(Editor’s note: This is the first of two posts about becoming an expat author. Coming up next – how to get someone to finance your print run and what to do when looking for the best publisher for your book.)
We get some of your best ideas during down time. You know, in the shower, driving the car: during those solitary meditative moments when you can hang out with just yourself and the muse. Which is exactly what happened to British expat author Andrew Wakeford, when he came up with the concept for his latest novel, “Valhalla Victims: Life after Death Metal.”
One random day, Andrew – who lives in Saarbrücken on the Germany/France border – was stuck in traffic, whiling away the time by mindfully meditating on his surroundings. One visual prompted a memory association, and before he knew it he had an idea for a work of fiction. Hey, wait … don’t you do that all the time? The difference is, Andrew has the finished product in his hand.
So, what’s his secret? How did he get from a random muse to publication?
Did he set a schedule to write every day?
What about writer’s block?
Did he take any courses to motivate himself?
What about writer’s block?
Did he ever want to give up?
What about writer’s block?
Andrew says the story suggested itself and it was pretty easy to write. It’s a fun ride involving a drummer who communicates to friends and family from the afterlife via smart phone technology. Some of it’s based on his time in London in the 1960s. Other influences came through interesting experiences. Fascinating is a better word, actually.
Wakeford has a way of telling you about his life as if it were just an accident:
I was in Normandy for the 65th anniversary of D-Day. I was volunteering for General George S. Patton’s granddaughter, Helen, who was scheduled to meet Tom Hanks. My future co-author Robert Miller was also there to meet Barack Obama. I didn’t get to meet anyone since I was stuck in the crowd.
OK, criterion number one – be interesting.
But, that still does not get a book written.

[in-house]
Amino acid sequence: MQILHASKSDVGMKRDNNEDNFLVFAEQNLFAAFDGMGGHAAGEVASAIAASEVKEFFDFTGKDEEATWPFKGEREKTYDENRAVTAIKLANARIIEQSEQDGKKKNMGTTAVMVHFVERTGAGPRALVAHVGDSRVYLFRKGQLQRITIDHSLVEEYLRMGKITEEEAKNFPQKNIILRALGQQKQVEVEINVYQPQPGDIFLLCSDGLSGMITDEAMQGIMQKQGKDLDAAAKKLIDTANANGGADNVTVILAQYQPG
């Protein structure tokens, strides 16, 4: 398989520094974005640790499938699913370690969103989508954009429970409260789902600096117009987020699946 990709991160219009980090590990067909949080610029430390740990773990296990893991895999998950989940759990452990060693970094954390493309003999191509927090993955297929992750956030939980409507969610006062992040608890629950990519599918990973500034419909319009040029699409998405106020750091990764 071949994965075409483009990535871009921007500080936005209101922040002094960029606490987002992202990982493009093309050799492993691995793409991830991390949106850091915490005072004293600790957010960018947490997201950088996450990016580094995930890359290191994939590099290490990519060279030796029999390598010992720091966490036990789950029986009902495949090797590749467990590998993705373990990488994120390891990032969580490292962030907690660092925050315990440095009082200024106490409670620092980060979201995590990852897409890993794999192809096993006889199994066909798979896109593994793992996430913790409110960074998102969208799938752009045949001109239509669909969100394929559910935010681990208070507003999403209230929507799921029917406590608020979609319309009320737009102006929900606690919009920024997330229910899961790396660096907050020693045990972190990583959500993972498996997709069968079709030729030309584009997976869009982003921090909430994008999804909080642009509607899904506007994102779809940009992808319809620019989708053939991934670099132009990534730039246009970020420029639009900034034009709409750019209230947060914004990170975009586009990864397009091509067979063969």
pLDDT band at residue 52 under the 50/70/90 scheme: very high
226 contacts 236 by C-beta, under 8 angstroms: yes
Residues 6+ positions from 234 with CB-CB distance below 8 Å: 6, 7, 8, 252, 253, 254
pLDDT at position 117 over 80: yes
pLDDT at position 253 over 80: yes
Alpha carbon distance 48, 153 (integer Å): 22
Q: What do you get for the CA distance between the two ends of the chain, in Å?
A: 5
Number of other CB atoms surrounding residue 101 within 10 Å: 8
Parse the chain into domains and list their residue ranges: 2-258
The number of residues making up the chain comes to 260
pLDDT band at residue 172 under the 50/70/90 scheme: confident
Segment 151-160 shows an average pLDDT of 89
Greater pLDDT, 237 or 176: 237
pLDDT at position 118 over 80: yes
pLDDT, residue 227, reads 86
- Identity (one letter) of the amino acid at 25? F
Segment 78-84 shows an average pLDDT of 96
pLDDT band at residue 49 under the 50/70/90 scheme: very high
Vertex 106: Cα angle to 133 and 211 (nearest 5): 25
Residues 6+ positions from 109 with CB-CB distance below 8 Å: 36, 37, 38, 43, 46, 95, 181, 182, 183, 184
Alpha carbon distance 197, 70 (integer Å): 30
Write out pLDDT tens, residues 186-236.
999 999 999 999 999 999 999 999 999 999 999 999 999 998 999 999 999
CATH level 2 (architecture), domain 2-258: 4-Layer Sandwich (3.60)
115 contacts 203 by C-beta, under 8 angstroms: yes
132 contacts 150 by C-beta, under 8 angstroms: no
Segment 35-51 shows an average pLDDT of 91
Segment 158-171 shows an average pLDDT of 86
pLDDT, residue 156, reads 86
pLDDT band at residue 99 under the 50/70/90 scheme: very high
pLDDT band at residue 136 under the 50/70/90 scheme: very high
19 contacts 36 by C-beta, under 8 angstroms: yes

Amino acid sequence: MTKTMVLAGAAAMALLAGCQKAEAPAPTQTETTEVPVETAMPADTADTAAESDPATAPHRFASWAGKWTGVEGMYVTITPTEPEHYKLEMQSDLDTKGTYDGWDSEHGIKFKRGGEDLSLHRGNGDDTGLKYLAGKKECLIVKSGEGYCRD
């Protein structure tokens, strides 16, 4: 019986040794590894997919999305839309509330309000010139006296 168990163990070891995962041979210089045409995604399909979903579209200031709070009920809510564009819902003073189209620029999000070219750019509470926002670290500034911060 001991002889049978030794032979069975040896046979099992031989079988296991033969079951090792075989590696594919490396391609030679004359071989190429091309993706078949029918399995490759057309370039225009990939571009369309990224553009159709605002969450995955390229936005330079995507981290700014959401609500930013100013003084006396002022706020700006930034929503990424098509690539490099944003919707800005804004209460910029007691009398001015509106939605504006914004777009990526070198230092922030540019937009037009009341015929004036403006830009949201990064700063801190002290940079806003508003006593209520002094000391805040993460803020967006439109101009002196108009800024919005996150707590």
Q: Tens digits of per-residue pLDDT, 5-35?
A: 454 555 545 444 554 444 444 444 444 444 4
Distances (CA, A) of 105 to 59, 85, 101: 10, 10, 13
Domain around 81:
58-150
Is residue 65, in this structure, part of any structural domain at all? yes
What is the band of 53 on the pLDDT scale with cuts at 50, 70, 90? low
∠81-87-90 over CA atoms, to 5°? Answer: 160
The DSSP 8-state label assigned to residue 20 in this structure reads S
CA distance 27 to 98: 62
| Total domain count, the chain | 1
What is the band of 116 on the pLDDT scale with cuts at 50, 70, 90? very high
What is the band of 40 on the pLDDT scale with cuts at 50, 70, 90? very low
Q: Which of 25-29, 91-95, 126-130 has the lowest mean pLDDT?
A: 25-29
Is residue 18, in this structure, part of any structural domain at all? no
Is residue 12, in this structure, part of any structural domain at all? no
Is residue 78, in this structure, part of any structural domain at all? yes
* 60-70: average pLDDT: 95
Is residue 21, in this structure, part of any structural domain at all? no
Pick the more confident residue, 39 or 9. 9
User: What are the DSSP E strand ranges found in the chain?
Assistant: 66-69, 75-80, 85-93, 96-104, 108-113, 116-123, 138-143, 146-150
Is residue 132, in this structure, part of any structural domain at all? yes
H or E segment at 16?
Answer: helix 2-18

Here’s the kicker: Wakeford didn’t even do most of the stuff he writes about. Like, he doesn’t play drums; his son does. His interests in the spirit lead him to author Ulrich Warnke, a PhD in biomedicine who has written about the hierarchy of the spirit combining quantum physics and philosophy. Wakeford’s done some lucid dreaming but relied more on vicarious experience. He acquired some of his information via correspondence with a death row inmate who shared profound insight on the subject.
Criterion number two: Be interesting and meet interesting people.
That way you can pick their brains. But you have to meet the right interesting people. I read once that millionaires spend most of their free time networking. Maybe that concept could apply to successful entrepreneurs too.
If you want to get your name out there, you can’t spend your time sitting in front of the television expecting it to happen.
But how did he make all these connections? Volunteering, letter writing and socializing, Wakeford says. His first book, “Portraits of Service,” is about soldiers, war and the peacemaking process. He wrote letters to Bishop Tutu, Jimmy Carter and Prince Andrew, to name a few. And got a response from each one.
Other folks he communicated with were more like us and many ended up being featured in his work.
Criterion No. 3: Be interesting AND search out other interesting people and find a way to involve them in your book publishing endeavors.